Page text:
This book is available as an e-book from Amazon on Kindle, on the Nook, iBookstore, Kobo and from Dragonmount. It also available in paperback from Barnes and Noble, Amazon, or IndieBound. It is available from Audible as an audio book (unabridged). And, according to Brandon's newsletter, a small number of the hardcover edition of The Emperor's Soul, is available (via Tachyon) from The Brandon Sanderson Store (the last time I looked, $20.00 for an autographed copy.). This information is the best I have as of the time of posting.

Until next time...

...many enjoyable pages of reading.


____________________________________________________ - Barnes & Noble Reviews; - Cartoon about an escape; - Cartoon about what to do first; - 4.5 Stars out of 5; - Hardcover edition image of The Emperor's Soul - White Rose.

Sunday, September 22, 2013

The Treasures of Venice by Paola Zoffoli and Dario Cestaro

See book information at bottom of post.

The Treasures of Venice
by Paola Zoffoli and Dario Cestaro

Book Review by Sharon Powers

I have a rare chance to review for you, today, a new pop-up book, just released this month (September 10, 2013). I was so excited when I discovered this book was coming out. I preordered it so I could have it just as soon as it was available. I love all manner of books and genres, including pop-up books, like this one. 

This is a book for children of all ages (from 10 and up). The little girl in me delights in turning the pages and watching scenes--literally--unfold before me.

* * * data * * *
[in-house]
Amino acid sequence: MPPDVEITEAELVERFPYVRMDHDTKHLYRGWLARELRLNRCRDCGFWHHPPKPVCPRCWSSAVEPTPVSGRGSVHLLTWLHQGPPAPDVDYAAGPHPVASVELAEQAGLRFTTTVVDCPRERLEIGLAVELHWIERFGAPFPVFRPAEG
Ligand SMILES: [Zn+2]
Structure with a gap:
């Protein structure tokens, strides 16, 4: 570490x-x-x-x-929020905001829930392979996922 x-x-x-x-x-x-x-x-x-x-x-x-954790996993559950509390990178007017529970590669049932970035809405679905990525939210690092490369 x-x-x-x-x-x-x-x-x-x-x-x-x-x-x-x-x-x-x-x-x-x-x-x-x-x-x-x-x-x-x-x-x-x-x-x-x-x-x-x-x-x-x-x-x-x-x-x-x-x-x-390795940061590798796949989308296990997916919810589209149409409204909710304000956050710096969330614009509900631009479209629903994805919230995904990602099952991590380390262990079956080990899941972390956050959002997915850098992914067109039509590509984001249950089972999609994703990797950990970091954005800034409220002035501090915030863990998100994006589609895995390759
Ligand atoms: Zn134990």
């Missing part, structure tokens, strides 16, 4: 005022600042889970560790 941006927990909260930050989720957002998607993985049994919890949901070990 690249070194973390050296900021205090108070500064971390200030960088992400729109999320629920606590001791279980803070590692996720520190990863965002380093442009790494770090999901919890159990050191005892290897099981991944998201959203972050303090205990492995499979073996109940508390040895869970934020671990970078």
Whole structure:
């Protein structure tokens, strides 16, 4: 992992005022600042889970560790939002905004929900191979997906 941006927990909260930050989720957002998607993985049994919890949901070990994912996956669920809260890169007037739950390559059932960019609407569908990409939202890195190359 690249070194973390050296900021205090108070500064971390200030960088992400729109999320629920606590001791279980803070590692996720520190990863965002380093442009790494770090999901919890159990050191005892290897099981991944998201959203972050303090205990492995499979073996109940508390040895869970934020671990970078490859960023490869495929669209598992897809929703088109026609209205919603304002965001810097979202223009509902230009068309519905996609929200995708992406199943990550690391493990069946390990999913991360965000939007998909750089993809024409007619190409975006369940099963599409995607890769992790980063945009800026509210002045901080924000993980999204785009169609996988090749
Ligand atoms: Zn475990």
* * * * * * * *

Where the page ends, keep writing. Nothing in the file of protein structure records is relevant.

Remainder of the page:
Let's start with the cover. All six of Venice's landmarks as they appear on the front cover (see above, top left) are in beautiful pastel colors and the texture of the book is smooth and silky. It feels wonderful in my hands and appeals to my eye.

The back cover shows all six
pop-up landmarks that appear
on the inside of the book.
The back cover shows the landmarks popped open so you can see them the way they appear inside the book itself. Alright, I guess you can tell that I really like the cover, and I even like the title of the book.
All good, so far.

Six beautiful Venetian landmarks - six Venetian treasures: Let's take a look at the most interesting part of the book. Yes, that's right...the pop-ups themselves. I thought you might be interested in seeing what the real-life version of the pop-ups look like (that is, if you haven't already taken a trip to Venice and seen them in person). the left I have provided a thumbnail photo of the real article for you to compare to the pop-up paper version of Venice's treasures.
Ponte di Rialto

The first pop-up in the book is the Ponte di Rialto bridge: As you can see from the photograph (just below and left), the colors in the pop-up book (on the right) seem to reflect the colors from the real-life bridge as it spans the Grand Canal.

 Ponte di Rialto
Venice, Italy
Two lift-the-flaps appear below the pop-up telling the history of the bridge and  details about "the hunchback" on the bridge and "the market" on one side of the Grand Canal that draws visitors from near and far.

The book doesn't open up and lay flat;
Additionally, all pop-ups are created